I happened to have my birthday recently and so I thought I'd carry on the tradition of treating myself to re-posting my favourite articles of all time. Last year we visited the seminal ''Rights of Man'' essay by Maurice Bardeche, which can be found at Counter Currents.
And I'm raiding Counter Currents again this year for this brilliant insight into the Jewish psyche.
Batman Returns: An Anti-Semitic Allegory?
Soon after the release of director Tim Burton’s Batman Returns (1992) starring Michael Keaton as Batman, Danny DeVito as the Penguin, Michelle Pfeiffer as Catwoman, and Christopher Walken as evil capitalist Max Shreck, America’s premier newspaper, the Jewish-controlled New York Times, published an op-ed piece by two Columbia College seniors, Rebecca Roiphe and Daniel Cooper, entitled “Batman and the Jewish Question” (July 2, 1992).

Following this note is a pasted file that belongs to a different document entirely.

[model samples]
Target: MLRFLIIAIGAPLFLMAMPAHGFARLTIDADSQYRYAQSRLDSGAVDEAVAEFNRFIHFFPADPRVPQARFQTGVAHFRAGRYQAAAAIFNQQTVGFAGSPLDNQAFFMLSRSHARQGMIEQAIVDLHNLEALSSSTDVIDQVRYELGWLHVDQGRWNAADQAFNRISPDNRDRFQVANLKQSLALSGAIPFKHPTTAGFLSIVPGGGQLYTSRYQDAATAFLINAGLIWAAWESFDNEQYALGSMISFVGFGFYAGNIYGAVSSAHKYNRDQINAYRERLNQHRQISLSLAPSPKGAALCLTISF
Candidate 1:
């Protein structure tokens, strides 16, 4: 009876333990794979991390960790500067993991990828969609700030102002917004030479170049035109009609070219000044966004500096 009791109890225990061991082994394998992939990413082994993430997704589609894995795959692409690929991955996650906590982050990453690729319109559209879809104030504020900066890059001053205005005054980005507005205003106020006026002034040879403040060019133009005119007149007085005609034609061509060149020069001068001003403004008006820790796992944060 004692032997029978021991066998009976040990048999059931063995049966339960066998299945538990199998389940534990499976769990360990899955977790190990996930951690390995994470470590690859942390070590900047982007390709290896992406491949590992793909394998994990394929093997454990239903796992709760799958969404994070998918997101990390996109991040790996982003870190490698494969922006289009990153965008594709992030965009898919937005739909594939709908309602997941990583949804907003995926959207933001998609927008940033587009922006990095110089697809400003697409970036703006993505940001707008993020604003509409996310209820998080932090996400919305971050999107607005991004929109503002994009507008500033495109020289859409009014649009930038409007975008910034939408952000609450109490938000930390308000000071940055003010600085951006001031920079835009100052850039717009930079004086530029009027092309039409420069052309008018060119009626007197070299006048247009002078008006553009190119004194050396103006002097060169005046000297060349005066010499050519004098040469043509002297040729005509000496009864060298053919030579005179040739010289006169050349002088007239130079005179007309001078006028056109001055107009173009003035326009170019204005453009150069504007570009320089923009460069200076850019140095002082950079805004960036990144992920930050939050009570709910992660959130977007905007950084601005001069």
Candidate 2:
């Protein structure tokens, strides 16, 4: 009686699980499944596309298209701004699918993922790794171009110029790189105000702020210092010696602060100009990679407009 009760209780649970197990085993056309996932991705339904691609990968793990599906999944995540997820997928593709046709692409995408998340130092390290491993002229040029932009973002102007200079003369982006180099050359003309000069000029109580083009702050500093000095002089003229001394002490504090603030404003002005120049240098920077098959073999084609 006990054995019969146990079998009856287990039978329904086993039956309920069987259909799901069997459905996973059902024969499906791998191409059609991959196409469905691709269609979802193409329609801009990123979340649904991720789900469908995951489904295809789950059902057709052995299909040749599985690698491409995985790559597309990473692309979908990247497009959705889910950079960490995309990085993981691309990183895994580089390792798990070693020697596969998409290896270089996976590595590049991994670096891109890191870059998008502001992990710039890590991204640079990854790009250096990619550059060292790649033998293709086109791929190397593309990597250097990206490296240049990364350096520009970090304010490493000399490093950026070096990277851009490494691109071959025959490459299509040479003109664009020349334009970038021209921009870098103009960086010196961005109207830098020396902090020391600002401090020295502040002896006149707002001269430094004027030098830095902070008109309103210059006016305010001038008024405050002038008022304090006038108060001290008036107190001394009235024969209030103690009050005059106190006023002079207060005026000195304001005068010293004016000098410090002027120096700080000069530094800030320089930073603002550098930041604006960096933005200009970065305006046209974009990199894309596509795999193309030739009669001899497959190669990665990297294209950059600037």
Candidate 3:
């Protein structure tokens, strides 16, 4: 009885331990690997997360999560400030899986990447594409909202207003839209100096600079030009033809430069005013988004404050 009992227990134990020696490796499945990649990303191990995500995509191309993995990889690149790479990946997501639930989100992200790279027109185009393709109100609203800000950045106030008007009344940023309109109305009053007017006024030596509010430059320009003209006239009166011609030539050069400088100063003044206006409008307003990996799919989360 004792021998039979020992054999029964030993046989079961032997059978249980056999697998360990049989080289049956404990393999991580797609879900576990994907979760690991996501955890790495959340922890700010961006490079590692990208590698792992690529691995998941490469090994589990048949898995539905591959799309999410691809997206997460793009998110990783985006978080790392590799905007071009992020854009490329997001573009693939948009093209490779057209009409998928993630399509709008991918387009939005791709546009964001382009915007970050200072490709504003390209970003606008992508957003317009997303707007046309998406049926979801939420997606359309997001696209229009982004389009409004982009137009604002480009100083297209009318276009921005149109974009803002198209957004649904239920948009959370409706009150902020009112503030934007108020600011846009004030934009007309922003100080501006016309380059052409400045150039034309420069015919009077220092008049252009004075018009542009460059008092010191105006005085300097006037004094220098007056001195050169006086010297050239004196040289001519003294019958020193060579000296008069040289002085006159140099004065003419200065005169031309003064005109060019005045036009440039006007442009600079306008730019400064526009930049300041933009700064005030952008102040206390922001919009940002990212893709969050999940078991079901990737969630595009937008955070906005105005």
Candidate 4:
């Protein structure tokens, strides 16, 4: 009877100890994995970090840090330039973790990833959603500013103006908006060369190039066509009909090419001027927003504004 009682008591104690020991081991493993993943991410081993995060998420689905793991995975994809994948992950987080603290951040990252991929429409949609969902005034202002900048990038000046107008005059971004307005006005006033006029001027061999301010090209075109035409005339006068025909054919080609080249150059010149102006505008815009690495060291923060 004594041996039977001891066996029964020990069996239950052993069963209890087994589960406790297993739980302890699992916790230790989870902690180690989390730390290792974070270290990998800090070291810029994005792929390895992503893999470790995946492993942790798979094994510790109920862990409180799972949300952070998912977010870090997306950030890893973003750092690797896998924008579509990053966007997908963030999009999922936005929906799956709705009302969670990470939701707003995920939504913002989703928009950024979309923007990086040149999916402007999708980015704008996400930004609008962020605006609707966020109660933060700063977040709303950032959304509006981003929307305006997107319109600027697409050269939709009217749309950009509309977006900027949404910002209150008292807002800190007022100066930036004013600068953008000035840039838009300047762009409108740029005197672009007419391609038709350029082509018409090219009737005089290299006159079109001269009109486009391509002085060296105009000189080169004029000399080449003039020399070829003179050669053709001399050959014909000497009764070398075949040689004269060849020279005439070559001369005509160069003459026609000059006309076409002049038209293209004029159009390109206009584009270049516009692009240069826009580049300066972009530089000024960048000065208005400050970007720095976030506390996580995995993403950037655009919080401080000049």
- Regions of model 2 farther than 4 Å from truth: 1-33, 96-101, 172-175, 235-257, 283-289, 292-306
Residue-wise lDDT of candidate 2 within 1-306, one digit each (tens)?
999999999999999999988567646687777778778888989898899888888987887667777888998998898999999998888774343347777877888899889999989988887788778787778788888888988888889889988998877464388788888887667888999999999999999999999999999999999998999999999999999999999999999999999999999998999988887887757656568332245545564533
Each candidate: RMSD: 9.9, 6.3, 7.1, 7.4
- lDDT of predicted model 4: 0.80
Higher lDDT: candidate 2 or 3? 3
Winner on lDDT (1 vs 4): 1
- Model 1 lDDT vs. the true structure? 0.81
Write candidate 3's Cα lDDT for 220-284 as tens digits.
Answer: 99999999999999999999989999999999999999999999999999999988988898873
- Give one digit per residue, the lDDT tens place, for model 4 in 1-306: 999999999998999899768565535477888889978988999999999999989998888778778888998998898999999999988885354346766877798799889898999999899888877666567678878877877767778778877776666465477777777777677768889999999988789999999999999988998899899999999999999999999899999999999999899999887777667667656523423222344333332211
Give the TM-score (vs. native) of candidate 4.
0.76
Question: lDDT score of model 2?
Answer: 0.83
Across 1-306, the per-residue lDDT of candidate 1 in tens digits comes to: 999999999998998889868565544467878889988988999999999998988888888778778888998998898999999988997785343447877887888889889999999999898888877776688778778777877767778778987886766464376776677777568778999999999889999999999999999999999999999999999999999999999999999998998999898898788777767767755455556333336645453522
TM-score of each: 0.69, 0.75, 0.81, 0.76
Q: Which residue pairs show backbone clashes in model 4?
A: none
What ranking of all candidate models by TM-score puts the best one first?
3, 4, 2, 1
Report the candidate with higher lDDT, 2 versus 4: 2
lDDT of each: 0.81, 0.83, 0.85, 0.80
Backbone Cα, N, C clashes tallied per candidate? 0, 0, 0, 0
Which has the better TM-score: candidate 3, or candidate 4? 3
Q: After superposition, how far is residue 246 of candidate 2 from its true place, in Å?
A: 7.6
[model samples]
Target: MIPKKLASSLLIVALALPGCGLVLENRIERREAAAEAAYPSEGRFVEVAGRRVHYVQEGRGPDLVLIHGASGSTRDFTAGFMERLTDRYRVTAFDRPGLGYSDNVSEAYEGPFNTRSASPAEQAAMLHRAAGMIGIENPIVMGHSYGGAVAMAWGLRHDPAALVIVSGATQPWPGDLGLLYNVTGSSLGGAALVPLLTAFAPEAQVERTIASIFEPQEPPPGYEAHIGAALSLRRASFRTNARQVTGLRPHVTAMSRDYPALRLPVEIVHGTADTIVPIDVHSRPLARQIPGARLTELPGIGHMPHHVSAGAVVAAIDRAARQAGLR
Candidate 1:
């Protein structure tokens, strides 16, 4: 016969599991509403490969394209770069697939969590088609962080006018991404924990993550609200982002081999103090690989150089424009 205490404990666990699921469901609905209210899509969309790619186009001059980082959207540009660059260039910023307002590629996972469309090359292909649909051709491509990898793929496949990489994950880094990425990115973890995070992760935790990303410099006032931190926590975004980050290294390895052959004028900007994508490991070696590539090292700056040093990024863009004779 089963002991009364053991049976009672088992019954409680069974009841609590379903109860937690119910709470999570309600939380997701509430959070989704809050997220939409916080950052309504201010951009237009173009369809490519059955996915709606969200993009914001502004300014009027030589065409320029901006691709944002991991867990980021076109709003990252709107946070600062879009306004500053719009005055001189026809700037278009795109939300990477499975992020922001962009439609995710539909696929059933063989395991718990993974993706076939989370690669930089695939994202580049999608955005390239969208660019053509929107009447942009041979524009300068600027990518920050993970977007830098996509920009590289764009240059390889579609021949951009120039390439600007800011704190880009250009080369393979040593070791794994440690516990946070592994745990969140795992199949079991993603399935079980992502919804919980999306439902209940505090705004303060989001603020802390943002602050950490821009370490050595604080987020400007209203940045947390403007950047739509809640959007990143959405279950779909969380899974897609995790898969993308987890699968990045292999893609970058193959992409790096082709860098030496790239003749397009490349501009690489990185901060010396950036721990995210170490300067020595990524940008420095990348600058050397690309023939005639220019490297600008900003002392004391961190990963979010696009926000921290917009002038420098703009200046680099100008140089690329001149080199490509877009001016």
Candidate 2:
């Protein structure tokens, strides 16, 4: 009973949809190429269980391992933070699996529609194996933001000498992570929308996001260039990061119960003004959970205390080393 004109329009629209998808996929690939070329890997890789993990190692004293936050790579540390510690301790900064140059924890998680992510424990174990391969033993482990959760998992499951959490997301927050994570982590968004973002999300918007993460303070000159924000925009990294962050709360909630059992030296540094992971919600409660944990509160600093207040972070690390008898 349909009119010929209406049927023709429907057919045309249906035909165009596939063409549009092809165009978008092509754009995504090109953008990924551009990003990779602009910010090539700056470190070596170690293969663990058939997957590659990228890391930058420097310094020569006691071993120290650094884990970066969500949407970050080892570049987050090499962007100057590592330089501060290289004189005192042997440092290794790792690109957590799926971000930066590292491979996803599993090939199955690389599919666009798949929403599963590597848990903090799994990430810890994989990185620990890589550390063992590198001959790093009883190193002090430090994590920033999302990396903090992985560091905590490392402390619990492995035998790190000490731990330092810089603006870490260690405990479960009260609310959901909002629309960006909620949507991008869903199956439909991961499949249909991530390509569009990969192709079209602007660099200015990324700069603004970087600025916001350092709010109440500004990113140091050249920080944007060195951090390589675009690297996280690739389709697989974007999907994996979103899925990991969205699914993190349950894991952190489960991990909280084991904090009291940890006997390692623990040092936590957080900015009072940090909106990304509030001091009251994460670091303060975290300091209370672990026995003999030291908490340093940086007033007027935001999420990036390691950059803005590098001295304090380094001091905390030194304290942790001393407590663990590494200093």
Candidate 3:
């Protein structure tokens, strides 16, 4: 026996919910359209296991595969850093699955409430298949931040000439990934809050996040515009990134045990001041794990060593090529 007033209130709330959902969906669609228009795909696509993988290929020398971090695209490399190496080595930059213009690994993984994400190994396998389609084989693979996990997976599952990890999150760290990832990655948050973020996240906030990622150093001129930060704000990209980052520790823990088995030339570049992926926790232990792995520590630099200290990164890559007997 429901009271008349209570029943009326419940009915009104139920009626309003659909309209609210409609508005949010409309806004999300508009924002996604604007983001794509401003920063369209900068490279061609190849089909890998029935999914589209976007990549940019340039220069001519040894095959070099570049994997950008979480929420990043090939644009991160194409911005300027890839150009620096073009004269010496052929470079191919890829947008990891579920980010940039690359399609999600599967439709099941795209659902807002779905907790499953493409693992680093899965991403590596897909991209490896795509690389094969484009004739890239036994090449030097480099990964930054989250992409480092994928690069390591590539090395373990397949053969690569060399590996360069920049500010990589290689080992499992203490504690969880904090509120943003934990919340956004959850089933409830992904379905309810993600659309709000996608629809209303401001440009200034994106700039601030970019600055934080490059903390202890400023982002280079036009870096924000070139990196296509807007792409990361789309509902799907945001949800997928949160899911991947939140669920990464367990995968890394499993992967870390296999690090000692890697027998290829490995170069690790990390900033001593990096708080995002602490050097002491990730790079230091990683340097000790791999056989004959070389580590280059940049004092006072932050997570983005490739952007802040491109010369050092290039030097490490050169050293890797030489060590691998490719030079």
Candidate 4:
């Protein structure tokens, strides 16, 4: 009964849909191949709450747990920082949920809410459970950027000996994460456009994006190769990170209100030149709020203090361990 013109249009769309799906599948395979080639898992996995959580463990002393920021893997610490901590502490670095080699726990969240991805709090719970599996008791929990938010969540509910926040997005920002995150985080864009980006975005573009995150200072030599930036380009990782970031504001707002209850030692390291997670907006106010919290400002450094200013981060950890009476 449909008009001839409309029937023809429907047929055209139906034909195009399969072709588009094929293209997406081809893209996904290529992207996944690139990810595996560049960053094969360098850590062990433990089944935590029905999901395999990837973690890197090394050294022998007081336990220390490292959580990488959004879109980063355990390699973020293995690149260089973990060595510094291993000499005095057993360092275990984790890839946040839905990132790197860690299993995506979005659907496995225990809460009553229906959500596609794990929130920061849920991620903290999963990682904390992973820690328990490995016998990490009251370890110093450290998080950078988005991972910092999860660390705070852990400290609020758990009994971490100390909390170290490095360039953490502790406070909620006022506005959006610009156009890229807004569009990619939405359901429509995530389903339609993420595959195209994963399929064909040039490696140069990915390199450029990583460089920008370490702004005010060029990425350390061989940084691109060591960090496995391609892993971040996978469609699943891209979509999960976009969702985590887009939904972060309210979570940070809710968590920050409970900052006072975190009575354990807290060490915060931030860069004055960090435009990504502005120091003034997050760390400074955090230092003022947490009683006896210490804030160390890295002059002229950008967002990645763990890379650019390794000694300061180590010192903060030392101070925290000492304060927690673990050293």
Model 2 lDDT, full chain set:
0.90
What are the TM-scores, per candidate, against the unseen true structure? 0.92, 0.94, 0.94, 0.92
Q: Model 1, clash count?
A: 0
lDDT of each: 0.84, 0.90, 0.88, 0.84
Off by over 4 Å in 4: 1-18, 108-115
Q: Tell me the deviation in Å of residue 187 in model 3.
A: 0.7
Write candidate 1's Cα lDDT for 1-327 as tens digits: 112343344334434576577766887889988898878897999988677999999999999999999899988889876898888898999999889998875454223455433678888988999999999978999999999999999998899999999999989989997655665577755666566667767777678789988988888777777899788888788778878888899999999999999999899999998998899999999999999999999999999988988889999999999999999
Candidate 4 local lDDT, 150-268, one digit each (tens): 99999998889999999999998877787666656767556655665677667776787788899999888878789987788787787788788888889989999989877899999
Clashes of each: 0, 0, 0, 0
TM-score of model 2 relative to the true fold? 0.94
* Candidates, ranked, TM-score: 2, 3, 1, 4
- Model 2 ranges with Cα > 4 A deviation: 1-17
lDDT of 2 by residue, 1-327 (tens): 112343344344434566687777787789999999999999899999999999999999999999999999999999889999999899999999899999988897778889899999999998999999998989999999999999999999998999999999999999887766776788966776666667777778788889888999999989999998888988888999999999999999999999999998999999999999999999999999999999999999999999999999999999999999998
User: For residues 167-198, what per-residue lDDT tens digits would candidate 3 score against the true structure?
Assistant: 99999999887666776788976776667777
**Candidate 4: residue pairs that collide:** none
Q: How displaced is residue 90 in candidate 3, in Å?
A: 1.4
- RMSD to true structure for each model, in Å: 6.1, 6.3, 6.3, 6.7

Today, Roiphe, the daughter of feminist Anne Roiphe, is a professor at New York Law School.
Batman Returns is the second movie in the series, after Tim Burton’s inaugural Batman (1989). It told the tale of the Penguin, a freakish villain who posed a deadly threat to the citizens of Gotham City. As a deformed baby, he had been secretly set adrift à la Moses in Gotham City’s river by his parents, who deemed him repellant.
Nurtured in the sewers, the Penguin tries to seize political control of the metropolis with the help of wealthy, megalomaniacal industrialist Max Shreck. Ultimately, the Penguin mounts an attack to kidnap and murder all of the first-born aristocratic children of Gotham City.
This last plot element, an obvious reference to Passover, was introduced by Jewish screenwriter Wesley Strick, who admitted, “of course I was referring to Exodus.”
In their article, the two Ivy League Jews charged that Batman Returns was anti-Semitic. The Penguin, they averred, “is not just a deformed man, half human, half-Arctic-beast. He is a Jew, down to his hooked nose, pale face and lust for herring.”